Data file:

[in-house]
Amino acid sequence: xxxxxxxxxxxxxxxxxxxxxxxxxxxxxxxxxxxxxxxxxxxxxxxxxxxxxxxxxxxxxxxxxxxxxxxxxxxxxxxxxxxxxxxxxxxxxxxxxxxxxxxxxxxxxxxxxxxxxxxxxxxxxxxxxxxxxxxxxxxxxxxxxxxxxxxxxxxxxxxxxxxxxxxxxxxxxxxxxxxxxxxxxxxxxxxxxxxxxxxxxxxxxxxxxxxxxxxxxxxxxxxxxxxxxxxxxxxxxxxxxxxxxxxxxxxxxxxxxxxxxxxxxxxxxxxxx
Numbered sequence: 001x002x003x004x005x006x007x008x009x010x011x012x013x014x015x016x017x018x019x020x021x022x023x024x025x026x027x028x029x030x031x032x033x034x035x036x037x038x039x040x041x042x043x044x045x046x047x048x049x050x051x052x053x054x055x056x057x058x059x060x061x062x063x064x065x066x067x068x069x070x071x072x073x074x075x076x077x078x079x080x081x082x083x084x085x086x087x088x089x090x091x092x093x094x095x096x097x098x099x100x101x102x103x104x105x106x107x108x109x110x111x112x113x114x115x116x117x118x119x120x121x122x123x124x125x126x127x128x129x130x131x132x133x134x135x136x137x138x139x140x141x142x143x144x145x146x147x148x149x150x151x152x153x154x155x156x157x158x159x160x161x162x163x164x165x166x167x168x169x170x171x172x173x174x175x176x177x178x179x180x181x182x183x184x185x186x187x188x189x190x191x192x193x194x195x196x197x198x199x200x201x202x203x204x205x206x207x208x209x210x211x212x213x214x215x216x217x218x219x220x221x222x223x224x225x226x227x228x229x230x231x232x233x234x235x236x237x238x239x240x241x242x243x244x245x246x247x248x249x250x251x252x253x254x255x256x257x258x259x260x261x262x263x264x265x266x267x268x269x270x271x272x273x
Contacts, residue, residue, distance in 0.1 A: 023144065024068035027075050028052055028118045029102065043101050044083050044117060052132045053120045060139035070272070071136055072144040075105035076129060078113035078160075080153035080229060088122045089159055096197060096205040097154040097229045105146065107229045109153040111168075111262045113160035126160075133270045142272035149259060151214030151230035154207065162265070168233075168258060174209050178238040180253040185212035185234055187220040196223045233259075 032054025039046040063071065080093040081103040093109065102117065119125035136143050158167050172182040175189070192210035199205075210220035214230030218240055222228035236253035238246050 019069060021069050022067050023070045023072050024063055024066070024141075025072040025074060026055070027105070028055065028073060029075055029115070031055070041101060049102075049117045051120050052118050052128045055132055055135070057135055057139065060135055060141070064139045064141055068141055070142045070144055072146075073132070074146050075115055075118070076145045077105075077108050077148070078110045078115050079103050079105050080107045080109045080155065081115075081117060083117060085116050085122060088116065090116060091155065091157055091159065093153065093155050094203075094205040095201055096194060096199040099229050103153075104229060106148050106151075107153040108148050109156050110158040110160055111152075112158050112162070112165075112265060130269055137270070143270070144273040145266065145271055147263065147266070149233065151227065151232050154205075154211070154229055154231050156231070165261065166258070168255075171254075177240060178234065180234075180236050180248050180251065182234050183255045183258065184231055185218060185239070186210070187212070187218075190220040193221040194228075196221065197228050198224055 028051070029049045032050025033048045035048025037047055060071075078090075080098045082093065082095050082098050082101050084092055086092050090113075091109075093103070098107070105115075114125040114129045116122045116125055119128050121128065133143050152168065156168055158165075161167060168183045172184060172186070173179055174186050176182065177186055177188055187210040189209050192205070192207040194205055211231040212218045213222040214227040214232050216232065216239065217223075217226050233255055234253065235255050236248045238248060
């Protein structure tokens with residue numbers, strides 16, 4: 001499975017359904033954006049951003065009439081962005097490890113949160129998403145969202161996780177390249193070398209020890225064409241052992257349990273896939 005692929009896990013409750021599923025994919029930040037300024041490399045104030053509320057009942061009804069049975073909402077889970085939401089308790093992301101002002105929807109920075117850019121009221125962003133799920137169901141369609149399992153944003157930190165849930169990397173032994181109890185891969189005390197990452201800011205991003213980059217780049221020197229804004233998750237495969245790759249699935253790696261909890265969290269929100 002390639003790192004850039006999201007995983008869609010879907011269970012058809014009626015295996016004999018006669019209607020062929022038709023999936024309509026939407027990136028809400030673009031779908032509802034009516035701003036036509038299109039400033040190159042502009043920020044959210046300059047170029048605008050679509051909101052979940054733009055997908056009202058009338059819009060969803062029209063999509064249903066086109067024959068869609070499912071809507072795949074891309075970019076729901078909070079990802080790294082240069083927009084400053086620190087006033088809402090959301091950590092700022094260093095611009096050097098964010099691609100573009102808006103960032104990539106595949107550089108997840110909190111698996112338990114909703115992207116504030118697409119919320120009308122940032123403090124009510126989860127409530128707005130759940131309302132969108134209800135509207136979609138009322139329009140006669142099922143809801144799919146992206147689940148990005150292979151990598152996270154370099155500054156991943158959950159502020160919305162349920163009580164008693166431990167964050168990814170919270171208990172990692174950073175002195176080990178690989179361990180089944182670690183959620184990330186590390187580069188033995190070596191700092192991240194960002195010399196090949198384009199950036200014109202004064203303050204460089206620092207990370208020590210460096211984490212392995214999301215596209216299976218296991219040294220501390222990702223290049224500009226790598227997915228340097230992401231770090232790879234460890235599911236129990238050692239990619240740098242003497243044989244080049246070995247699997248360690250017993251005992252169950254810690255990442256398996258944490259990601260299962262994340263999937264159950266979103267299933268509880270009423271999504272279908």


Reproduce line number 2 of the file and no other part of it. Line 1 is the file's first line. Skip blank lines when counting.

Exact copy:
Amino acid sequence: xxxxxxxxxxxxxxxxxxxxxxxxxxxxxxxxxxxxxxxxxxxxxxxxxxxxxxxxxxxxxxxxxxxxxxxxxxxxxxxxxxxxxxxxxxxxxxxxxxxxxxxxxxxxxxxxxxxxxxxxxxxxxxxxxxxxxxxxxxxxxxxxxxxxxxxxxxxxxxxxxxxxxxxxxxxxxxxxxxxxxxxxxxxxxxxxxxxxxxxxxxxxxxxxxxxxxxxxxxxxxxxxxxxxxxxxxxxxxxxxxxxxxxxxxxxxxxxxxxxxxxxxxxxxxxxxx